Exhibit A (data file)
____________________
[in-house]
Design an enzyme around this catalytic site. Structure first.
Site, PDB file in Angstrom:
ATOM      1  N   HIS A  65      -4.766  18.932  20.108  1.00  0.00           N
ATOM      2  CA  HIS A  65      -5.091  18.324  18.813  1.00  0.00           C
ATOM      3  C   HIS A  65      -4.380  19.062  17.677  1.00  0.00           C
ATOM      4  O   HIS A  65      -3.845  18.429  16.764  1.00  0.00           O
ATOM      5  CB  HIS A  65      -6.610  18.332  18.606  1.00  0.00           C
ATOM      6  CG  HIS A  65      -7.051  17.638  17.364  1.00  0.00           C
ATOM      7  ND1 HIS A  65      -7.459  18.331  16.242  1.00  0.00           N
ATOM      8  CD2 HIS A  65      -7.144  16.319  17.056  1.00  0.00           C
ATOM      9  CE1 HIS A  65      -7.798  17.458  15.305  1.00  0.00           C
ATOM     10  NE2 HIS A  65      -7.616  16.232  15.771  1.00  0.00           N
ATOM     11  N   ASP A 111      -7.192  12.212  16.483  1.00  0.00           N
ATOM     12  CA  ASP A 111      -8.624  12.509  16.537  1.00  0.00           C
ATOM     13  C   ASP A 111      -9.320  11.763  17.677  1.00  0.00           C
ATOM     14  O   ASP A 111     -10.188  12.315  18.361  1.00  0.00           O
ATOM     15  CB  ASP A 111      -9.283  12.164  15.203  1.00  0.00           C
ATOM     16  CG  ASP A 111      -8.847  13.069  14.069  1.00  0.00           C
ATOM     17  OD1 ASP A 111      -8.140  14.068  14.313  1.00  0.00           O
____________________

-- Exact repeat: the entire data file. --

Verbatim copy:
[in-house]
Design an enzyme around this catalytic site. Structure first.
Site, PDB file in Angstrom:
ATOM      1  N   HIS A  65      -4.766  18.932  20.108  1.00  0.00           N
ATOM      2  CA  HIS A  65      -5.091  18.324  18.813  1.00  0.00           C
ATOM      3  C   HIS A  65      -4.380  19.062  17.677  1.00  0.00           C
ATOM      4  O   HIS A  65      -3.845  18.429  16.764  1.00  0.00           O
ATOM      5  CB  HIS A  65      -6.610  18.332  18.606  1.00  0.00           C
ATOM      6  CG  HIS A  65      -7.051  17.638  17.364  1.00  0.00           C
ATOM      7  ND1 HIS A  65      -7.459  18.331  16.242  1.00  0.00           N
ATOM      8  CD2 HIS A  65      -7.144  16.319  17.056  1.00  0.00           C
ATOM      9  CE1 HIS A  65      -7.798  17.458  15.305  1.00  0.00           C
ATOM     10  NE2 HIS A  65      -7.616  16.232  15.771  1.00  0.00           N
ATOM     11  N   ASP A 111      -7.192  12.212  16.483  1.00  0.00           N
ATOM     12  CA  ASP A 111      -8.624  12.509  16.537  1.00  0.00           C
ATOM     13  C   ASP A 111      -9.320  11.763  17.677  1.00  0.00           C
ATOM     14  O   ASP A 111     -10.188  12.315  18.361  1.00  0.00           O
ATOM     15  CB  ASP A 111      -9.283  12.164  15.203  1.00  0.00           C
ATOM     16  CG  ASP A 111      -8.847  13.069  14.069  1.00  0.00           C
ATOM     17  OD1 ASP A 111      -8.140  14.068  14.313  1.00  0.00           O